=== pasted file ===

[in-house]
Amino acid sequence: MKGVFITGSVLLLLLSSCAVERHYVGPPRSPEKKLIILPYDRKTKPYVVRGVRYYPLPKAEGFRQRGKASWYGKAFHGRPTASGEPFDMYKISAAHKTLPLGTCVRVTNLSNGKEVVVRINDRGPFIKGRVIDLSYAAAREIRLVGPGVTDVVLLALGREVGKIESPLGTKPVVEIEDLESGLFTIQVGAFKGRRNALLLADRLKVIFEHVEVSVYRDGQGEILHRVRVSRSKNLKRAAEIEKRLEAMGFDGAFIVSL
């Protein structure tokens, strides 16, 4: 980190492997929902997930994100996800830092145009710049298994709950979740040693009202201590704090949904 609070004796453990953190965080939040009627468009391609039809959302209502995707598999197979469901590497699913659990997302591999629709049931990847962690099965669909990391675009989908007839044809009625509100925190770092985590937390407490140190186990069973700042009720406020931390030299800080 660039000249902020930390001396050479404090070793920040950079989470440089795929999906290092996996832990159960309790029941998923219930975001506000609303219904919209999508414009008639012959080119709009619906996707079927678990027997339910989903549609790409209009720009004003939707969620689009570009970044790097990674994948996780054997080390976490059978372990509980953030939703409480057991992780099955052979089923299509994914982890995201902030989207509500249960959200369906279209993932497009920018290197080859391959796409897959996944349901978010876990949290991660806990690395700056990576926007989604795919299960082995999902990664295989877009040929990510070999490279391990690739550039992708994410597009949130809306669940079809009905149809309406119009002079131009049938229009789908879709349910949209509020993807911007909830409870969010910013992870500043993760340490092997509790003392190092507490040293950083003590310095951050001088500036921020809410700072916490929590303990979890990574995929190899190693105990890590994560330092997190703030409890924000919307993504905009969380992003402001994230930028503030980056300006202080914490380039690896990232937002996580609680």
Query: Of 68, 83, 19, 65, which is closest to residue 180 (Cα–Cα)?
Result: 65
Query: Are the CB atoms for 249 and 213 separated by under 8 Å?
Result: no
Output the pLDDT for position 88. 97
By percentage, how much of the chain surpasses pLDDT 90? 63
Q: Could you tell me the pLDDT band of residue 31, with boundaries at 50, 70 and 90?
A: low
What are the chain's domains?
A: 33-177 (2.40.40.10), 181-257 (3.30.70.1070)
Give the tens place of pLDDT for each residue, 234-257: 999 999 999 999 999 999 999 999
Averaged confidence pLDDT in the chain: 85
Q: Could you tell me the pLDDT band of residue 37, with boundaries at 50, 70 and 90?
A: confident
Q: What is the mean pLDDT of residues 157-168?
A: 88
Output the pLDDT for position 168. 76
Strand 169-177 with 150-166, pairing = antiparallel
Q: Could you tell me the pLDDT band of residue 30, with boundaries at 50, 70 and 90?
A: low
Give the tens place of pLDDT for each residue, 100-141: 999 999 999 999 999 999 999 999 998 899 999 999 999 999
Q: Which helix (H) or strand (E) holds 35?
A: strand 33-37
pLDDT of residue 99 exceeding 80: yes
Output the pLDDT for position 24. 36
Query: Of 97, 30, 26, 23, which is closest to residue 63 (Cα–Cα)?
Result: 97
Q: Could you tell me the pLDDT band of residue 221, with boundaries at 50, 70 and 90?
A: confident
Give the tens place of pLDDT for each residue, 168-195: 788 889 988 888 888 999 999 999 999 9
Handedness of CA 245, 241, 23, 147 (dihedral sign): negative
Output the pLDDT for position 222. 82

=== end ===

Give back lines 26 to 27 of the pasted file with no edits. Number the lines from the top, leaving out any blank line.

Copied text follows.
A: strand 33-37
pLDDT of residue 99 exceeding 80: yes